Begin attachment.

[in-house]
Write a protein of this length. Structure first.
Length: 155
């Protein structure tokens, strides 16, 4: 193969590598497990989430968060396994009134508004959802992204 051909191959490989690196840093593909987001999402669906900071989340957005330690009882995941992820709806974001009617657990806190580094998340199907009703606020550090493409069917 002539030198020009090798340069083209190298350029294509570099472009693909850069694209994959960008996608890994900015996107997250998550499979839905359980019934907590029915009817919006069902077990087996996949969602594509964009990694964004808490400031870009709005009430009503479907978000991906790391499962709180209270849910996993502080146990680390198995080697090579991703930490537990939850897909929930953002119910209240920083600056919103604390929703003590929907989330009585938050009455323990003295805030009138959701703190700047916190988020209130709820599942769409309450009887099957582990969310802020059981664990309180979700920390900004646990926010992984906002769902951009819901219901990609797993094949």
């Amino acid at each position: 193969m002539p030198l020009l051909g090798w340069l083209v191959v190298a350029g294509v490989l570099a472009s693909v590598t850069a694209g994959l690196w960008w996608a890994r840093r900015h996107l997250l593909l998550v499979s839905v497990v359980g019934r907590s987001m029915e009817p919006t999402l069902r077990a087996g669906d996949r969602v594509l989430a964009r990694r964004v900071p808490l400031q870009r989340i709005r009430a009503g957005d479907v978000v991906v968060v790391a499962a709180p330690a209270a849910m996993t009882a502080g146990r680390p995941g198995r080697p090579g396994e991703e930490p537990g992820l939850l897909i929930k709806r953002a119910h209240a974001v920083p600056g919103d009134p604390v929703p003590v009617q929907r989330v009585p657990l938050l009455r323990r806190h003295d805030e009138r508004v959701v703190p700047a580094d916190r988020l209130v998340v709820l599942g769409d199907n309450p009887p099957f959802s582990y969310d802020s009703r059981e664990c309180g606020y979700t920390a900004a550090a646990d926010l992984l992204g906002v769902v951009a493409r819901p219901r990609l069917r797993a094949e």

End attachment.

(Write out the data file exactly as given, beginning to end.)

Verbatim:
[in-house]
Write a protein of this length. Structure first.
Length: 155
């Protein structure tokens, strides 16, 4: 193969590598497990989430968060396994009134508004959802992204 051909191959490989690196840093593909987001999402669906900071989340957005330690009882995941992820709806974001009617657990806190580094998340199907009703606020550090493409069917 002539030198020009090798340069083209190298350029294509570099472009693909850069694209994959960008996608890994900015996107997250998550499979839905359980019934907590029915009817919006069902077990087996996949969602594509964009990694964004808490400031870009709005009430009503479907978000991906790391499962709180209270849910996993502080146990680390198995080697090579991703930490537990939850897909929930953002119910209240920083600056919103604390929703003590929907989330009585938050009455323990003295805030009138959701703190700047916190988020209130709820599942769409309450009887099957582990969310802020059981664990309180979700920390900004646990926010992984906002769902951009819901219901990609797993094949």
């Amino acid at each position: 193969m002539p030198l020009l051909g090798w340069l083209v191959v190298a350029g294509v490989l570099a472009s693909v590598t850069a694209g994959l690196w960008w996608a890994r840093r900015h996107l997250l593909l998550v499979s839905v497990v359980g019934r907590s987001m029915e009817p919006t999402l069902r077990a087996g669906d996949r969602v594509l989430a964009r990694r964004v900071p808490l400031q870009r989340i709005r009430a009503g957005d479907v978000v991906v968060v790391a499962a709180p330690a209270a849910m996993t009882a502080g146990r680390p995941g198995r080697p090579g396994e991703e930490p537990g992820l939850l897909i929930k709806r953002a119910h209240a974001v920083p600056g919103d009134p604390v929703p003590v009617q929907r989330v009585p657990l938050l009455r323990r806190h003295d805030e009138r508004v959701v703190p700047a580094d916190r988020l209130v998340v709820l599942g769409d199907n309450p009887p099957f959802s582990y969310d802020s009703r059981e664990c309180g606020y979700t920390a900004a550090a646990d926010l992984l992204g906002v769902v951009a493409r819901p219901r990609l069917r797993a094949e």